Brief history of Croatian capital – Zagreb

Today’s city of Zagreb grew out of two medieval settlements, called Gradec and Kaptol, that developed over two neighboring hills for centuries. The first written mention of Zagreb dates from 1094 when the diocese was established at Kaptol, while neighboring Gradec was proclaimed a free royal city in 1242. Both of these settlements were surrounded by solid ramparts and towers, the remains of which have been preserved to this day.

During Turkish invasions of Europe, from XIV. to XVIII. Zagreb is an important border fortress. Baroque reconstruction of the city in XVII. and XVIII. changes the appearance of Gradec and Kaptol. Old wooden houses are being demolished and lavish palaces, monasteries and churches are being erected. The wealth of the city is contributed by numerous trade fairs, property income and numerous craft workshops.

Wealthy noble families, royal officials, church dignitaries and wealthy merchants from all over Europe are coming to the city. Schools and hospitals are being opened, cultural customs of European capitals are being adopted. The city outgrows its medieval borders and expands over a vast plain. The first parks and country estates are being built. Zagreb is recognized as the administrative, economic and cultural center of Croatia.

With the administrative unification of Kaptol, Gradec and the surrounding settlements in the unique city of Zagreb in 1850, its development has accelerated further. The devastating earthquake of 1880 triggered the renovation and modernization of many weathered neighborhoods and buildings. Representative public buildings are being erected, parks and fountains are being erected, public transport and utilities are being organized.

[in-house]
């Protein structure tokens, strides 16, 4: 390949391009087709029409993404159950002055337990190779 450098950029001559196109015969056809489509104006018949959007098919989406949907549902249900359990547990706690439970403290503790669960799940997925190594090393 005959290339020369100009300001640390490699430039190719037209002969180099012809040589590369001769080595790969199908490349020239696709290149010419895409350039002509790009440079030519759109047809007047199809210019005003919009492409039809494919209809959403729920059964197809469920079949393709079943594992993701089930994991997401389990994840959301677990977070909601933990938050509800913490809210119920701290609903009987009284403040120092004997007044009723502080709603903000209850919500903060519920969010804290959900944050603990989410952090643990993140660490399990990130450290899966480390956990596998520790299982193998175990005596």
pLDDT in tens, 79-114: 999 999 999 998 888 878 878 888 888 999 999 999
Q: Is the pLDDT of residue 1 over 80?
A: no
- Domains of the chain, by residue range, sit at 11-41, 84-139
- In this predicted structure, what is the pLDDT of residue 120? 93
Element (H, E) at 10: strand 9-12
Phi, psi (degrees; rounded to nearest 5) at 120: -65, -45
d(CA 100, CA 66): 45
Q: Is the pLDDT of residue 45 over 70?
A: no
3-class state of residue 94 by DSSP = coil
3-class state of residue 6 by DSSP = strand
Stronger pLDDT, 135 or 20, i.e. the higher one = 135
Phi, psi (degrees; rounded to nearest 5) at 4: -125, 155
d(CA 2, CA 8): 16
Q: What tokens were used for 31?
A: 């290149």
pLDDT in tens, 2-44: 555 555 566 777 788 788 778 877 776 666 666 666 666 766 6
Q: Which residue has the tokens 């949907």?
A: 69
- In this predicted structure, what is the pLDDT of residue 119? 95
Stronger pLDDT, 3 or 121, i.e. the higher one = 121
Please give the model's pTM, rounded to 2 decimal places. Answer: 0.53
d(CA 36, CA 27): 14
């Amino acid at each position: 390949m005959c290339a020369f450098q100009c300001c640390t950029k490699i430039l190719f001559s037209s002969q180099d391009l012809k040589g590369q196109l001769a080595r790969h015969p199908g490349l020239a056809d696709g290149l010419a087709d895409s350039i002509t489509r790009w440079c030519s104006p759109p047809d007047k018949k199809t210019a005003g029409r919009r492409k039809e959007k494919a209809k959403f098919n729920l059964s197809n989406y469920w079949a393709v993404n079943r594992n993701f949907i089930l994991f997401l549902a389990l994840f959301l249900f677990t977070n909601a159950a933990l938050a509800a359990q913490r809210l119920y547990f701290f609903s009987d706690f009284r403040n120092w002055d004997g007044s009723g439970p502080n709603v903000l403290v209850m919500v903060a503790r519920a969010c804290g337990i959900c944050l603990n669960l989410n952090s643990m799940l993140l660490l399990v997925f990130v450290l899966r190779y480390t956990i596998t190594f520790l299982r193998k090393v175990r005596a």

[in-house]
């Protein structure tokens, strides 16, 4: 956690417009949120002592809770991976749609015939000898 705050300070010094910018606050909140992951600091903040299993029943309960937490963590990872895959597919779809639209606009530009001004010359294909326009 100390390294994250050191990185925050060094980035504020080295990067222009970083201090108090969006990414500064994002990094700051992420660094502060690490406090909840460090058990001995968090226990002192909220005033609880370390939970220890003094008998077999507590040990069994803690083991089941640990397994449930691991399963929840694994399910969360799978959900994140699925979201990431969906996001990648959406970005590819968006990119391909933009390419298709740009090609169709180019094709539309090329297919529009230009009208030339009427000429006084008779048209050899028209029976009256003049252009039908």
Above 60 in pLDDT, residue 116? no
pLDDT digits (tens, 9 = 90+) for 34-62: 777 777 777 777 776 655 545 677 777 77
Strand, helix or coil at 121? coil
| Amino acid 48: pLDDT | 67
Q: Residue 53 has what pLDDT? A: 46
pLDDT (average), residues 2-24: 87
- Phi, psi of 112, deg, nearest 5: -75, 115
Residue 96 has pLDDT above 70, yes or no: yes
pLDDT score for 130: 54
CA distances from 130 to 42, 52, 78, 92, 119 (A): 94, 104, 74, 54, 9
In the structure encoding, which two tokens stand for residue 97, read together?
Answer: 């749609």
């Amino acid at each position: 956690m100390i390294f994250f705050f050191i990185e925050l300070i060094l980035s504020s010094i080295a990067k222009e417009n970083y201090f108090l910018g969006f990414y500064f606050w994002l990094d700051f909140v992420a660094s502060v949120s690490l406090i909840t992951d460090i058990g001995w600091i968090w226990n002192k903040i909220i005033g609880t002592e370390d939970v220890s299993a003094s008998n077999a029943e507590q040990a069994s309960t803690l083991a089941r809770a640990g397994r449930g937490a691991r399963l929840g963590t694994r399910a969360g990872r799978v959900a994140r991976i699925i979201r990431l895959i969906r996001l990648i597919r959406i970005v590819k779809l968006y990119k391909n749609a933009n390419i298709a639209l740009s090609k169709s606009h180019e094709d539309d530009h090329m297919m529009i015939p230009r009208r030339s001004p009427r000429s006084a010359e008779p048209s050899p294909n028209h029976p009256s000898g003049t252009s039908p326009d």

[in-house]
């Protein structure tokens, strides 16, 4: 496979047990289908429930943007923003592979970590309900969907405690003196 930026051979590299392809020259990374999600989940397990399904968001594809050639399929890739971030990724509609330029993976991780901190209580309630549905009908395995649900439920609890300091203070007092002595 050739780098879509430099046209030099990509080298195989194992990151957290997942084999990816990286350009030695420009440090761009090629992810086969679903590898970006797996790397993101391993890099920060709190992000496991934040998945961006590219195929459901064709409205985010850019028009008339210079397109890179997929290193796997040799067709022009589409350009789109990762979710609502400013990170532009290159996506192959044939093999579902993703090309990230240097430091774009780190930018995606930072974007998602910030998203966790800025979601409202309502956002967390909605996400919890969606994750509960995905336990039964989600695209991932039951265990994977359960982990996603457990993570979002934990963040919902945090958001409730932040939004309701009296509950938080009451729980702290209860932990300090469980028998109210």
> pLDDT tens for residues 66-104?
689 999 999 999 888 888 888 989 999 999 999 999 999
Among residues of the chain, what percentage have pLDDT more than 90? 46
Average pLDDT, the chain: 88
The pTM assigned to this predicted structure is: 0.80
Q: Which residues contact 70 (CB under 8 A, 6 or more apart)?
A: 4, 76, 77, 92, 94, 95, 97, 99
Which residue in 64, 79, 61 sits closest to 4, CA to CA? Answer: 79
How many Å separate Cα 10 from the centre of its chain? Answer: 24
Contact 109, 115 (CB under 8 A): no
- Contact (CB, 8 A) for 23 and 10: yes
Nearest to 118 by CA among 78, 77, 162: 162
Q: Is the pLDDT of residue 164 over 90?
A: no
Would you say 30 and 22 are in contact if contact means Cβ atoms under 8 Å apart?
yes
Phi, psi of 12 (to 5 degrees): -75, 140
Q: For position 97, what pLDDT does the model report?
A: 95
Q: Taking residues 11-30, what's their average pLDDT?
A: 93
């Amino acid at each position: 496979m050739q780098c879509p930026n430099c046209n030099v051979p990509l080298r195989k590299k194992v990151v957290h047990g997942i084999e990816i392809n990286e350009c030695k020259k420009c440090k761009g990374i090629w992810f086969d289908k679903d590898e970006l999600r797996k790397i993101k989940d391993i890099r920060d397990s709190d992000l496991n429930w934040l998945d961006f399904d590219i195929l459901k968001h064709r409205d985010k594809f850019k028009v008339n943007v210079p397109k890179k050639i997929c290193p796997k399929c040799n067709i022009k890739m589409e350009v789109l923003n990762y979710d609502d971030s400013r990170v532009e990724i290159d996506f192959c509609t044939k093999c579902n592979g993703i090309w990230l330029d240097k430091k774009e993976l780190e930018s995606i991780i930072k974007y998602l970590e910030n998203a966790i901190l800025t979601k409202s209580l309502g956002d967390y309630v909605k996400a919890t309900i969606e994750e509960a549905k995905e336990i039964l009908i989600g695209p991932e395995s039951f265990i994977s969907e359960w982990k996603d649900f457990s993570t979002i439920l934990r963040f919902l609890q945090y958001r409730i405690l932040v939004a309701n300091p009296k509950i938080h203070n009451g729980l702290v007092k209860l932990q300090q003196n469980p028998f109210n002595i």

In the XIX. century the population has quadrupled. The twentieth century brought the spirit of secession to Zagreb. The city lives in an abundance of civil society, firmly linked to the then European centers of culture, art and science. With the growth of wealth and industry, the city has been expanding rapidly since the 1960s along the vast plain along the Sava River, where a modern business city, ready for the challenges of the third millennium, is emerging.

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